But now in open fields I am forced to go,
For to bear the cold winter’s hail, rain & snow.
Oh! Ball. Oh!

3.​My feeding once was of the best of hay,
That ever grew in fields or meadows gay,
But no such comfort can I find at all
For now I forced to gnaw the short grass that grows against the wall
Oh! Ball. Oh!

4.​My shoulders were both fat, fine, smooth & round,
But now corrupted, rotten & unsound.
And my hollow hoof that was both smooth & hard,
Now by the blacksmith is most badly scarred
Oh! Ball. Oh!

5.​He is old, he is both dull & slow
He eats my hay, and he spoils my straw,
For neither is he fit in my cart to draw,
Whip him, skin him & let him a hunting go.
Oh! Ball. Oh!

6.​My skin unto the huntsmen I bequeath,
And my flesh unto the hounds I freely give.
My body swift that has run so many miles,
It was over hedges, ditches, likewise gates & stiles,
Oh! Ball. Oh!

“Lamentation of an old Horse”, Broadside by E. Hodges, Seven Dials.

Transcription by Martin and Shan Graebe

Transcribed tune

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Permanent URL: https://www.vwml.org/record/SBG/1/1/358

Please note: None of materials on vwml.org have been censored. The contents do not reflect the opinions and views held by the English Folk Dance and Song Society, or any of The Full English partner organisations.
7 of approx 8 results

Askham Richard Sword Dance

Cecil Sharp Manuscript Collection (at Clare College, Cambridge) (CJS2/11/3/12)
First Line:
Performer: Bland, Sam | Calvert, Will | Gillson, Robert
Date:
Place: England : Yorkshire : Askham Richard | England : Yorkshire : Escrick
Collector: Sharp, Cecil J.
Roud No:
URL:

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Askham Richard Sword Dance

Sam Bland (76) of Askham Richard said that dances dancers had not been out here for 40 or more years. He was leader.
The dancers numbered 8 and wore white tunics or coats ornamented with red braid, [simply] , and white trousers with red stripe. High
hats covered with coloured ribbons and wooden swords of [ash], 3 ft long , with handles made with additional blacks screwed on as at Poppleton.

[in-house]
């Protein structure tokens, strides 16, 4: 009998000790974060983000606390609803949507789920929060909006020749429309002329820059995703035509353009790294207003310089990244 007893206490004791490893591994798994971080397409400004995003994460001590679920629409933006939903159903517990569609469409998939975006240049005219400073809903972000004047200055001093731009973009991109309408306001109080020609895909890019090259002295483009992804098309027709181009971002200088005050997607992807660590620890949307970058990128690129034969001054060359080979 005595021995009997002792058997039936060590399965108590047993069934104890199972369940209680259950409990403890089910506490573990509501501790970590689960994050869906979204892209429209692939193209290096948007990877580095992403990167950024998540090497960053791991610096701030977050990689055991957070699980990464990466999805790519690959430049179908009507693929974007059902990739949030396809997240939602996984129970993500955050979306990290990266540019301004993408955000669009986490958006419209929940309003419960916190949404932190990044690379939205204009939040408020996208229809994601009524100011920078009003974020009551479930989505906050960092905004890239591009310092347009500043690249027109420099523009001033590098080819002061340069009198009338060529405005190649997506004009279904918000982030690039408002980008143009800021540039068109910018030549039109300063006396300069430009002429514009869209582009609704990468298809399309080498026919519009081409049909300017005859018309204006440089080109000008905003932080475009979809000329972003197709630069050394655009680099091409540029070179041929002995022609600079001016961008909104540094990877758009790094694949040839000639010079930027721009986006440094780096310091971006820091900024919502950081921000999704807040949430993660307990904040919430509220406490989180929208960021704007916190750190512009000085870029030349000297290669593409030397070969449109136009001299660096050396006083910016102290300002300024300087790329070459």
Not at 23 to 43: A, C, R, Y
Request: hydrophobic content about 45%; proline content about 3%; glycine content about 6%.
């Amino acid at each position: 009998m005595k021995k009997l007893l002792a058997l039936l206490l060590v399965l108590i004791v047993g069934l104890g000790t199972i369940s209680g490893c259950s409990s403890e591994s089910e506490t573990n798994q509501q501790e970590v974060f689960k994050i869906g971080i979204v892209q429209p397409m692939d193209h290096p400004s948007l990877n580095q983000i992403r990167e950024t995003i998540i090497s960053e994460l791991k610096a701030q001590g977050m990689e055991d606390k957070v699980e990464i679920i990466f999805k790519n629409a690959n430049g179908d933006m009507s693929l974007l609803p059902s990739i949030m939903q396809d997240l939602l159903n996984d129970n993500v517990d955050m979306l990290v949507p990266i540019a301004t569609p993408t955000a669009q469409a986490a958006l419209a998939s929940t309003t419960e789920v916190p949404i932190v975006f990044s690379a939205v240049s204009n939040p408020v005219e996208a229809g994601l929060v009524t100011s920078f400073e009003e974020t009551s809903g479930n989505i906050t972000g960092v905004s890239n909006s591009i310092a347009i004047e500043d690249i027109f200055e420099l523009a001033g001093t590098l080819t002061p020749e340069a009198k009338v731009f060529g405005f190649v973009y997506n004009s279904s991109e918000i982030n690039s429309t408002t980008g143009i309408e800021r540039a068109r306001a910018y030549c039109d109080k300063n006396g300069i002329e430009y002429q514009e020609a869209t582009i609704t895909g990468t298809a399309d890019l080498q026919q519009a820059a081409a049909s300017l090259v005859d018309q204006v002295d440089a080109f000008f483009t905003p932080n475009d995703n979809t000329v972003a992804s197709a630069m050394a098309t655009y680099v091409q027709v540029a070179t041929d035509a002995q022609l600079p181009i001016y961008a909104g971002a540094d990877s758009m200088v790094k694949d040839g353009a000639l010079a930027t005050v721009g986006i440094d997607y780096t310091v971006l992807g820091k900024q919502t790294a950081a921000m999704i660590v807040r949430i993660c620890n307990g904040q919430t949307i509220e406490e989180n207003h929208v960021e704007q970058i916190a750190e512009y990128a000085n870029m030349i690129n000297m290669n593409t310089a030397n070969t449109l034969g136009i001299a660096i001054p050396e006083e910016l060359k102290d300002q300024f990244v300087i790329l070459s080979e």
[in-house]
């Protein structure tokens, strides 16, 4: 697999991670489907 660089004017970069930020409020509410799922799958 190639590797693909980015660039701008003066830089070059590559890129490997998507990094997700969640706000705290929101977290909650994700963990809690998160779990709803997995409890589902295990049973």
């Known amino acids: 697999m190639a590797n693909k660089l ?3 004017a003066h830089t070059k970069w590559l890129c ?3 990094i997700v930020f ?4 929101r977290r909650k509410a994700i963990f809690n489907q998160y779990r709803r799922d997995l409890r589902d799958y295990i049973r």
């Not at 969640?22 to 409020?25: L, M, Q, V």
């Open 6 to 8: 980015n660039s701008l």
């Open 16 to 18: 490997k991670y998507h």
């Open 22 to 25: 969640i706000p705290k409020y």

There was also a Besom Betty and an Ol Fool, a King and Queen and [Poet/politician] with spectacles and high boots.
The Betty swept away the snow before they danced ("We used to enjoy [anoches] paper but it wanted to be frost and snow") The Fool carried a long stick with a bladder attached to it with which he hit the lads to keep them back. There were also two "beggars" with tin boxes and two men carrying a large banner on two poles with the inscription "God Speed the Plough"
When they moved from place to place they went in procession in the following order (1) Banner

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13/

(2) Band consisting of two fiddles and a drummer.
(3) King and Queen arm in arm
(4) Besom Betty and Old Fool
(5) the eight dancers in single file.
The eight dancers in their high hats placed small and variously coloured flags on the points of their [ ? ] running the [ ? ] in the slot (hem)
Then they held up and waved as they marched, the flags being about the size of [Landups] they advanced in this way.
All marched along in sigle file slowly. the last man then heyed up to the top passing [more/men] quickly than the others.
There the last but one and so forth, last man heying up again as dancer no 1 had passed him. In this threading movement all moved forward slowly.
the men who were heying moving faster than the others when they came to their [position], the procession was broken up, the dancers removed their flags, took off their high hats and substituted [for] wreaths of artificial flowers.
They then formed up in time, whereat they were "sung on" by the "singer -on" who called them out one by one in front of the line of dancers each of

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the latter on being called following him in order.
Will Calvert (72) (3 Railway View, [Brighouse] York) was 'singer on".
Apparently [having] he [initiated] this having learned the [trick] from Bobby Davidson of [ ? ] where he lived for 7 years.
He sang the tune [&] the words of the last verse which was all he could remember;-
In comes little [twinkleholm]
That comical lad
Which men now can call
he likes to be a lad and takes after his dad
And [follows] the young ladies right well.

 

At the finish of the song he stamped his feet and cried " Now my [lads], present, rattle up" and the dance began.

The Dance
Fig 1
All formed up in a [hurry], swords on right shoulders and walked round clockwise (8 bars)

Clash.
Usual way moving around clockwise (8 bars)
over your own sword
As usual and round

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15/
Single Over

   3 4
2       5
1        6
   8--7

8 lowers his sword, nos 1,6,2,5,3 &[4] in order jumps it, nos 1,2 &3 turning to their left, nos 4,5,&6 to their right
no 7 then comes [round] and so [forth]

Single under

Same as above

The Lock